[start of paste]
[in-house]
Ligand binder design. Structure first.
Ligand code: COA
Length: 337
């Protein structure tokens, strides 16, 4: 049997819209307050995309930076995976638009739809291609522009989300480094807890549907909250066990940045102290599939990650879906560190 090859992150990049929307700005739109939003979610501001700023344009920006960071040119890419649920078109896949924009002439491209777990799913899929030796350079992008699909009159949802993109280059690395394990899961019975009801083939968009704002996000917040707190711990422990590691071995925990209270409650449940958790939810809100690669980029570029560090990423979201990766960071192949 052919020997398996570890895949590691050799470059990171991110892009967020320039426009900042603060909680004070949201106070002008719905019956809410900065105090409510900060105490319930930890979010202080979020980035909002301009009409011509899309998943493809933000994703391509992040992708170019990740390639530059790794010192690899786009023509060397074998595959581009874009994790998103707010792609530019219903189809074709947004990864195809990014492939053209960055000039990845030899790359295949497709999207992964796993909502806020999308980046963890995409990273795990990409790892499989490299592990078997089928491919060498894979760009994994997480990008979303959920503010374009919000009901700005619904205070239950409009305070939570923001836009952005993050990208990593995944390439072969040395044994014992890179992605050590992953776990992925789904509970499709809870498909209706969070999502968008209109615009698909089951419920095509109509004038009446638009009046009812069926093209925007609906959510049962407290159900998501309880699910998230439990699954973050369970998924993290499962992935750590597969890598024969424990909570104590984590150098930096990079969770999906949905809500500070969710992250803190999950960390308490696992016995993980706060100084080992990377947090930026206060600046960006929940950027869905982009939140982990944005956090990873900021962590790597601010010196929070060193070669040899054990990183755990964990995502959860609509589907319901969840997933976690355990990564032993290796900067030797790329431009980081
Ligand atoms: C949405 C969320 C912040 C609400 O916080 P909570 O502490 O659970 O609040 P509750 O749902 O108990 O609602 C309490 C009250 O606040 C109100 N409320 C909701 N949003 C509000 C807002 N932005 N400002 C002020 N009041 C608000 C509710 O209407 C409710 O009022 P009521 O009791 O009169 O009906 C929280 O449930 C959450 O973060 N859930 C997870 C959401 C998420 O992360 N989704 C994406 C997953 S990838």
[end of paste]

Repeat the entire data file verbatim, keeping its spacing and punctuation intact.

[in-house]
Ligand binder design. Structure first.
Ligand code: COA
Length: 337
């Protein structure tokens, strides 16, 4: 049997819209307050995309930076995976638009739809291609522009989300480094807890549907909250066990940045102290599939990650879906560190 090859992150990049929307700005739109939003979610501001700023344009920006960071040119890419649920078109896949924009002439491209777990799913899929030796350079992008699909009159949802993109280059690395394990899961019975009801083939968009704002996000917040707190711990422990590691071995925990209270409650449940958790939810809100690669980029570029560090990423979201990766960071192949 052919020997398996570890895949590691050799470059990171991110892009967020320039426009900042603060909680004070949201106070002008719905019956809410900065105090409510900060105490319930930890979010202080979020980035909002301009009409011509899309998943493809933000994703391509992040992708170019990740390639530059790794010192690899786009023509060397074998595959581009874009994790998103707010792609530019219903189809074709947004990864195809990014492939053209960055000039990845030899790359295949497709999207992964796993909502806020999308980046963890995409990273795990990409790892499989490299592990078997089928491919060498894979760009994994997480990008979303959920503010374009919000009901700005619904205070239950409009305070939570923001836009952005993050990208990593995944390439072969040395044994014992890179992605050590992953776990992925789904509970499709809870498909209706969070999502968008209109615009698909089951419920095509109509004038009446638009009046009812069926093209925007609906959510049962407290159900998501309880699910998230439990699954973050369970998924993290499962992935750590597969890598024969424990909570104590984590150098930096990079969770999906949905809500500070969710992250803190999950960390308490696992016995993980706060100084080992990377947090930026206060600046960006929940950027869905982009939140982990944005956090990873900021962590790597601010010196929070060193070669040899054990990183755990964990995502959860609509589907319901969840997933976690355990990564032993290796900067030797790329431009980081
Ligand atoms: C949405 C969320 C912040 C609400 O916080 P909570 O502490 O659970 O609040 P509750 O749902 O108990 O609602 C309490 C009250 O606040 C109100 N409320 C909701 N949003 C509000 C807002 N932005 N400002 C002020 N009041 C608000 C509710 O209407 C409710 O009022 P009521 O009791 O009169 O009906 C929280 O449930 C959450 O973060 N859930 C997870 C959401 C998420 O992360 N989704 C994406 C997953 S990838």